Global carbon emissions soar

SINGAPORE, Sept 25 (Reuters) - Global carbon emissions rose rapidly
in 2007, an annual study says, with developing nations such as China
and India now producing more than half of mankind's output of carbon
dioxide, the main gas blamed for global warming.

The Global Carbon Project said in its report carbon dioxide
emissions from mankind are growing about four times faster since 2000
than during the 1990s, despite efforts by a number of nations to rein
in emissions under the Kyoto Protocol.

Emissions from burning fossil fuels was a major contributor to the
increase, the authors said in their "Global Carbon Project (2008)
Carbon budget and trends 2007" report
(http://www.globalcarbonproject.org/carbontrends/index_new.htm).

India would soon overtake Russia to become the world's third largest CO2 emitter, it says.

"What we are talking about now for the first time is that the
absolute value of all emissions going into the atmosphere every year
are bigger coming from less developing countries than the developed
world," said the project's Australia-based executive director Pep
Canadell.

"The other thing we confirm is that China is indeed now the top
emitter," he told Reuters, adding that China alone accounted for 60
percent of all growth in emissions. The United States was the second
largest emitter.

Read more here...

What this means is that even if people of the "Developed" nations do no new harm to the environment and "sustain" their current level of harm at current rates, which is not possible, as their populations and lifestyles evolve, growth and change in the "Developing" countries will cause enough new harm to wipe out all life on Earth in no time. And, to be fair, who are the developed to say one class of people had the right to destroy the environment but another class of people does not.... especially as the developed people still live lifestyles more harmful to the environment than the developing people... and, by most standards, have very different standards of living, health and social equity. For example... any idea how many cars per capita in the US vs. China, and total cars in each nation, and how many people will become virgin car-polluters in China in the next decade? We are all dead meat!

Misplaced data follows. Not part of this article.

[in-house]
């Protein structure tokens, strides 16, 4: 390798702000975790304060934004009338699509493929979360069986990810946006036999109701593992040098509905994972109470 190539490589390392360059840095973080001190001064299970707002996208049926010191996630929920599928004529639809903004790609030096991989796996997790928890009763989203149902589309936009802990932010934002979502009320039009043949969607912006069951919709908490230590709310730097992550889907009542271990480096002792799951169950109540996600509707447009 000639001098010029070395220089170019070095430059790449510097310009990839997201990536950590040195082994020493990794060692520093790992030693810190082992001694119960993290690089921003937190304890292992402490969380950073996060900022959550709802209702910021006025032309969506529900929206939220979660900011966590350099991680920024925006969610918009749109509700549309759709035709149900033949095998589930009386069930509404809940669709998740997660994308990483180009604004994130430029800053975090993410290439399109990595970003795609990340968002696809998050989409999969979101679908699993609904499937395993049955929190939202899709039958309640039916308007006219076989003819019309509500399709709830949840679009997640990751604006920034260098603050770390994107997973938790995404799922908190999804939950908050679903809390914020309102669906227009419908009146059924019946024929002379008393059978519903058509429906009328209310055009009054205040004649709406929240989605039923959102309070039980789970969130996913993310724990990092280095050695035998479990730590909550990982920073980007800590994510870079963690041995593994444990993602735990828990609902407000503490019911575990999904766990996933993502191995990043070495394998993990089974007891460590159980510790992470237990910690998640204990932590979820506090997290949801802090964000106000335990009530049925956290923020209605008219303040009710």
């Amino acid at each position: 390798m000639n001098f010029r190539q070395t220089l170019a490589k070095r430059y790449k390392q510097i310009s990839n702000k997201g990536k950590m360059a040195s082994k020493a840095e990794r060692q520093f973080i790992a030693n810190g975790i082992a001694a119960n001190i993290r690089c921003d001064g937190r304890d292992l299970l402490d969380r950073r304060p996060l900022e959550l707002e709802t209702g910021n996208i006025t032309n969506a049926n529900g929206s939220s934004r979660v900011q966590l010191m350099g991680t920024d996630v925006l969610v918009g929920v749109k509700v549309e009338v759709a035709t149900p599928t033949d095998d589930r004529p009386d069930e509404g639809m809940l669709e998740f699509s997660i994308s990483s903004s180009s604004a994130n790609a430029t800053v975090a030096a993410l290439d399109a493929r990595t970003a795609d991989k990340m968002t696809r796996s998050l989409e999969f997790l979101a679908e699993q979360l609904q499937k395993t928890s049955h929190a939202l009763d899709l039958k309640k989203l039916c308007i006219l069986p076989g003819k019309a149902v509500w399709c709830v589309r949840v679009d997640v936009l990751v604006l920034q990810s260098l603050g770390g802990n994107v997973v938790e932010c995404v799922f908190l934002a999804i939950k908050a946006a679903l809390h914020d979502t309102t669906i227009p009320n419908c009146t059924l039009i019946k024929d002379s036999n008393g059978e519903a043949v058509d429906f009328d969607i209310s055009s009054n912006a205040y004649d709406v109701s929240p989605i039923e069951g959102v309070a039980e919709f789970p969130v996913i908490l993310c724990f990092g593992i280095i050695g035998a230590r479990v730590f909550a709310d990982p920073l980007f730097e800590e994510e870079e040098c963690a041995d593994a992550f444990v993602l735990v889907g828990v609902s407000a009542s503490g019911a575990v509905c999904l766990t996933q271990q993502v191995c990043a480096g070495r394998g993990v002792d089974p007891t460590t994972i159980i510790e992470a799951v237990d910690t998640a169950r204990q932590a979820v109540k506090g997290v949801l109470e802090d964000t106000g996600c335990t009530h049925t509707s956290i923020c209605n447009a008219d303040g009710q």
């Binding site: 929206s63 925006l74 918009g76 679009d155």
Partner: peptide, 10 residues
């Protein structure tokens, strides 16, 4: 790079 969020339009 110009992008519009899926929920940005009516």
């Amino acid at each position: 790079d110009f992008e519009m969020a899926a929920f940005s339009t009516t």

Unsustainable!

So, nothing about life on Earth is sustainable, and all focus of all people on Earth must be for all of us to become environmentalists.

Many of the Earth's cultures have been founded on principles of preservation of Mother Earth, first and foremost, and, throughout time, many people of Earth have fought for the environment... and many more people have not, and most people do not today.

There is no timeline on this, other than this is a battle of good against evil... enlightenment against ignorance... and that all our time has run out.

From Wikipedia...

Sustainability is many things to many people. It can simultaneously be an idea, a property of living systems, a manufacturing method, or a way of life. For some people it is little more than a hollow buzz word. Although the definition of sustainable development given by the Brundtland Commission
(used above), is the most frequently quoted, it is not universally
accepted and has undergone various interpretations. Difficulty in
defining sustainability stems in part from the fact that it may be seen
to encompass all human activity. It is a very general concept like
"liberty" or "justice", which is accepted as important, but a "dialogue
of values"[5] that defies consensual definition.[6]
It is also a call to action and therefore open to political
interpretation concerning the nature of the current situation and the
most appropriate way forward. A further practical difficulty with a
universal definition is that the strategies needed to address
"sustainability" will vary according to the particular circumstances